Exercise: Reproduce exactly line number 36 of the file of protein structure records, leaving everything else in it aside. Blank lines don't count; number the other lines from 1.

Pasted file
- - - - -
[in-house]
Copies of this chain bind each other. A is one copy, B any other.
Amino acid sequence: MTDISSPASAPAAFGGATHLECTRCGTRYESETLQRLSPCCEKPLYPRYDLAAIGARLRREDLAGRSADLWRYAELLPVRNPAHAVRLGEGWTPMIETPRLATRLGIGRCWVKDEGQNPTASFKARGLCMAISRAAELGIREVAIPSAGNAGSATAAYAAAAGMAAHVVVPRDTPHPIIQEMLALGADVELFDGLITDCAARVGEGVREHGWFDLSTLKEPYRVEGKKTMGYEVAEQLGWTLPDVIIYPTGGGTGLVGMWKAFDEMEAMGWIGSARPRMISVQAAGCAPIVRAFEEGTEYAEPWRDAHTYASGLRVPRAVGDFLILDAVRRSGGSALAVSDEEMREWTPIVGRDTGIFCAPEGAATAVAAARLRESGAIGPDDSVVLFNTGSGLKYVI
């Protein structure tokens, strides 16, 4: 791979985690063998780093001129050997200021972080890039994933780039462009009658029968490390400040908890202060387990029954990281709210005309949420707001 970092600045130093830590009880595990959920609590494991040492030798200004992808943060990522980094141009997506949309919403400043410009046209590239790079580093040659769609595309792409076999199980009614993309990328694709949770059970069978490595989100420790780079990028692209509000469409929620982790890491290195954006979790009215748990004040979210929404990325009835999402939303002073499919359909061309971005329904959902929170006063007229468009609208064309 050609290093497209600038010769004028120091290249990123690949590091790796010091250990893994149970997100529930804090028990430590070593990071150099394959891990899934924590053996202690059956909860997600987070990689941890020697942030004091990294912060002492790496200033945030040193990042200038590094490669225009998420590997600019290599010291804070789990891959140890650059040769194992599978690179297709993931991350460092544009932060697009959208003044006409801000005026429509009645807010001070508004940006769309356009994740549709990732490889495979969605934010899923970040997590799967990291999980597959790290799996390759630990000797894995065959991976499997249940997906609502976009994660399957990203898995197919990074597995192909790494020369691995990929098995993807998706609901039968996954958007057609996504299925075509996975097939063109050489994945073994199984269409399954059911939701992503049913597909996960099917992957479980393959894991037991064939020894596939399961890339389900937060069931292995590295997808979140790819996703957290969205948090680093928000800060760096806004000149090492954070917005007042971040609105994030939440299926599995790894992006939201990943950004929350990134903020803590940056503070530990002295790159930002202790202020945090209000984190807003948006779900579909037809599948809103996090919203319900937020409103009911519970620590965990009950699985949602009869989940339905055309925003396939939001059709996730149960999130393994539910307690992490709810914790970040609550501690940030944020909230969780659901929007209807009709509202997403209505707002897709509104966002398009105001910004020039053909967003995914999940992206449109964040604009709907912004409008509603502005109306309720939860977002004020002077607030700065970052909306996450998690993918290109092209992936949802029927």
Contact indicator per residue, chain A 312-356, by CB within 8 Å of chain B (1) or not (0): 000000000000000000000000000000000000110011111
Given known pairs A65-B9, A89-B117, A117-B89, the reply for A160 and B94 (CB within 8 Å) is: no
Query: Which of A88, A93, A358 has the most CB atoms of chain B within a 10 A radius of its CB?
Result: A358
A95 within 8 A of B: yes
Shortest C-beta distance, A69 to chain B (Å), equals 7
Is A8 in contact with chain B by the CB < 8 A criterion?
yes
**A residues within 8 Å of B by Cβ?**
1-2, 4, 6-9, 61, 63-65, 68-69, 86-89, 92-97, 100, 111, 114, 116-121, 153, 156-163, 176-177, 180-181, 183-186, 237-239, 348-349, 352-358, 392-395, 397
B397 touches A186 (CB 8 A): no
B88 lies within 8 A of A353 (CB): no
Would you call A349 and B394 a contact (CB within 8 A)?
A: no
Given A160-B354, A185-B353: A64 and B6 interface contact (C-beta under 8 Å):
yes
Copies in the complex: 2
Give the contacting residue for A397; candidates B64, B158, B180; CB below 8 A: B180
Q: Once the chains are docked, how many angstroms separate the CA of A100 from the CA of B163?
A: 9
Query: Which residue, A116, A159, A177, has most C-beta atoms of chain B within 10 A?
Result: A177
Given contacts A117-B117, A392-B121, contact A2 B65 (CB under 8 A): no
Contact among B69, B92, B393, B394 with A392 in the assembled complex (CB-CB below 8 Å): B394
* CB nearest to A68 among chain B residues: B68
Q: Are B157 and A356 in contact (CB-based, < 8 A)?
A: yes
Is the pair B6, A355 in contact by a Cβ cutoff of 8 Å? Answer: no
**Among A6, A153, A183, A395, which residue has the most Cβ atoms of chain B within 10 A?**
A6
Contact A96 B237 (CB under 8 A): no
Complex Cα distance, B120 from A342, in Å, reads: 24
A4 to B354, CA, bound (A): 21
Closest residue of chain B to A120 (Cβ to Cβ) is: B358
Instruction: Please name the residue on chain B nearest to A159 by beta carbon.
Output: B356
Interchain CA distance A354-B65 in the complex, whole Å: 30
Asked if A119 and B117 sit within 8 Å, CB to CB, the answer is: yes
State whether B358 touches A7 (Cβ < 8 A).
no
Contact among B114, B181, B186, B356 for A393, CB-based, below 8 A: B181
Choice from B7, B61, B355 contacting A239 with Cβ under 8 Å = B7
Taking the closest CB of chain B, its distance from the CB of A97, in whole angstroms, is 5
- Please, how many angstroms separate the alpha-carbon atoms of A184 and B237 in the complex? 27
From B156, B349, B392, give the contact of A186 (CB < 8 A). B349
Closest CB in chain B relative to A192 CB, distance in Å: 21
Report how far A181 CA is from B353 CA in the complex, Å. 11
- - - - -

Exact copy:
Complex Cα distance, B120 from A342, in Å, reads: 24